• Pearson announced the formation of a SCHOOL IMPROVEMENT BUSINESS in July – run by ANDERS HULTIN, who co-founded the leading chain of independent schools in Sweden
  • AGM 2010 presentations

    1. 1. Addressing climate change A role for Universities (and Business Schools) www.theccc.org.uk Professor Julia King CBE FREng Committee on Climate Change Vice-Chancellor, Aston University Birmingham Association of Business Schools 18th October 2010
    2. 2. The CCC was established December 1st 2008 2 The Committee on Climate Change (CCC) is an independent body established under the Climate Change Act to advise the UK Government on setting carbon budgets, and to report to Parliament on the progress made in reducing greenhouse gas emissions The Committee on Climate Change (CCC) is an independent body established under the Climate Change Act to advise the UK Government on setting carbon budgets, and to report to Parliament on the progress made in reducing greenhouse gas emissions Lord Turner Sam Fankhauser Michael Grubb Sir Brian Hoskins Julia King David Kennedy Lord Krebs Lord May Jim Skea
    3. 3. 3 The work of the CCC
    4. 4. 4 ● Introduction: 2050 target and carbon budgets ● June 2010: Ensuring a Low Carbon Recovery ● Building a Low Carbon Economy: the innovation challenge ● Evidence-based policy ● A key role for Universities
    5. 5. 5 Required global emissions reduction Required global emissions reduction of 50% • 20-24Gt CO2e in 2050 • 8-10Gt CO2e in 2100 Required global emissions reduction of 50% • 20-24Gt CO2e in 2050 • 8-10Gt CO2e in 2100 Why the urgency? • Advances in science • Actual emissions higher than forecast Why the urgency? • Advances in science • Actual emissions higher than forecast Assessment of damage Decision rule • keep temperature change close to 2°C • and probability of 4°C increase at very low level: less than 1% Assessment of damage Decision rule • keep temperature change close to 2°C • and probability of 4°C increase at very low level: less than 1% Global trajectories considered • Early or later peak (2015 vs. 2030) • 3%/4% annual emissions reduction Global trajectories considered • Early or later peak (2015 vs. 2030) • 3%/4% annual emissions reduction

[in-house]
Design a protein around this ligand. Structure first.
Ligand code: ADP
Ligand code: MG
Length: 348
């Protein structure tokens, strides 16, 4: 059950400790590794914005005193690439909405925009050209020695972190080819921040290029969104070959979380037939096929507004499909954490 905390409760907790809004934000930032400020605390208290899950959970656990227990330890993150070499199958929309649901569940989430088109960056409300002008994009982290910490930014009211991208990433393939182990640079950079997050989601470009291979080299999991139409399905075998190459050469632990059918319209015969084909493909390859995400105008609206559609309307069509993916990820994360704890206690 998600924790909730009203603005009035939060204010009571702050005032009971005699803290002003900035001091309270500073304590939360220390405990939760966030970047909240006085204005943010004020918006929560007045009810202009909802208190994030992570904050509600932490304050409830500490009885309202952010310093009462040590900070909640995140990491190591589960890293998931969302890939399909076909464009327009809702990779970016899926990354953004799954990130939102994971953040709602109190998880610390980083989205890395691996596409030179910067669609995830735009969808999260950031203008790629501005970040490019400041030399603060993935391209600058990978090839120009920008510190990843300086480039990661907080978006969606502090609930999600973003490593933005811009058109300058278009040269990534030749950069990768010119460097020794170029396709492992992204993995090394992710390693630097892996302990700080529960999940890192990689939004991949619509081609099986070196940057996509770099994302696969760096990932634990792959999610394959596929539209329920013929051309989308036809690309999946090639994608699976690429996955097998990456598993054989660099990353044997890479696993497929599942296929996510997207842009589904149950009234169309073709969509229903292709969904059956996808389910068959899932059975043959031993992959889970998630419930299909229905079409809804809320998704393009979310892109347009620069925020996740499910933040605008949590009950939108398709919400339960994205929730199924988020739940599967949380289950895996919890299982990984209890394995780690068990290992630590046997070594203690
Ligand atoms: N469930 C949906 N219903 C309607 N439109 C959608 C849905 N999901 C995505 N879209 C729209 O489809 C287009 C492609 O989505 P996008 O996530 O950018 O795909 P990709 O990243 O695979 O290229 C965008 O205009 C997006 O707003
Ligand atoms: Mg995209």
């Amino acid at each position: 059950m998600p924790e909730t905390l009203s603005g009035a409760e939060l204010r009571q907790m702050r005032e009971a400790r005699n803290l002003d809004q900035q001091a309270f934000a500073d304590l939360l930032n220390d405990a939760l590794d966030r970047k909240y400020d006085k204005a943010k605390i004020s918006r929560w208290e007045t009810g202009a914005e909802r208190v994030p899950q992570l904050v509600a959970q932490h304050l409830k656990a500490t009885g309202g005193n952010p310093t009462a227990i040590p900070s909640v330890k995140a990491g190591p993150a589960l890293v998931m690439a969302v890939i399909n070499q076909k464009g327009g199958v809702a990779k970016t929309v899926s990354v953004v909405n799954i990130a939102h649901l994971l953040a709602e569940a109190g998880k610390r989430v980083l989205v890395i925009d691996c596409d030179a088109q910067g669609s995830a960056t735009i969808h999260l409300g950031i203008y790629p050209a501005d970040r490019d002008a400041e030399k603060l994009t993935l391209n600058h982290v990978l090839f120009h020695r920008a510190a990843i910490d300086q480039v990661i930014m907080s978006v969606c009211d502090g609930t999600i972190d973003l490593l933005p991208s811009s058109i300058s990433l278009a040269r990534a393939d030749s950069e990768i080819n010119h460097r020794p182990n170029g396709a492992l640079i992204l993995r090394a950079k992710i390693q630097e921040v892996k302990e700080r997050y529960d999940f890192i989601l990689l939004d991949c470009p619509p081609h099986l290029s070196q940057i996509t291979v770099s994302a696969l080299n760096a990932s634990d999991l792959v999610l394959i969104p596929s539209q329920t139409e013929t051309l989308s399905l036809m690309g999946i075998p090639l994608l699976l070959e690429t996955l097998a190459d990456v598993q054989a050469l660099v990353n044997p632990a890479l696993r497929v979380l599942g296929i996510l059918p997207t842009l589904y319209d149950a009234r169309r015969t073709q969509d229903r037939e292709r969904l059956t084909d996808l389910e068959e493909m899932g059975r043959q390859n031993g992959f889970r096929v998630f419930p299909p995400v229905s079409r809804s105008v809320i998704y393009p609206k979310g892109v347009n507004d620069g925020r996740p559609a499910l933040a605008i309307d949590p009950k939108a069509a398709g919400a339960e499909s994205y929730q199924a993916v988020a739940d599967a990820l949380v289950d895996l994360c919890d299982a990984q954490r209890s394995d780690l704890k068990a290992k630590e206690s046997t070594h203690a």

6. 6. 6 Appropriate UK contribution 50% global reduction50% global reduction Burden share • Alternative methodologies: contract and converge, intensity convergence, triptych etc • Equal per capita emissions: ̶ 20-24Gt CO2e total at global level in 2050 ̶ implies 2.1-2.6t CO2e per capita Burden share • Alternative methodologies: contract and converge, intensity convergence, triptych etc • Equal per capita emissions: ̶ 20-24Gt CO2e total at global level in 2050 ̶ implies 2.1-2.6t CO2e per capita All GHGsAll GHGs Aviation and shipping included Aviation and shipping included 2.1-2.6t CO2e per capita gives a UK reduction of at least 80% in 2050
    7. 7. 7 2.1 – 2.4 tonnes of CO2 per annum ● A return flight to Los Angeles for one person currently accounts for 2.5 tonnes ● An average new car today in the UK (160g/km), driven 15,000km per year, emits 2.4 tonnes per annum
    8. 8. 8 178 135 97 109 94 42 2007 emissions International aviation & international shipping* UK non-CO2 GHGs Other CO2 Industrial CO2 (heat & industrial processes) Residential, public & commercial heat Domestic transport Electricity generation * bunker fuels basis 2050 objective 159 Mt CO2e 679 Mt CO2e 76% cut (= 80% vs. 1990) The UK challenge: 80% reduction by 2050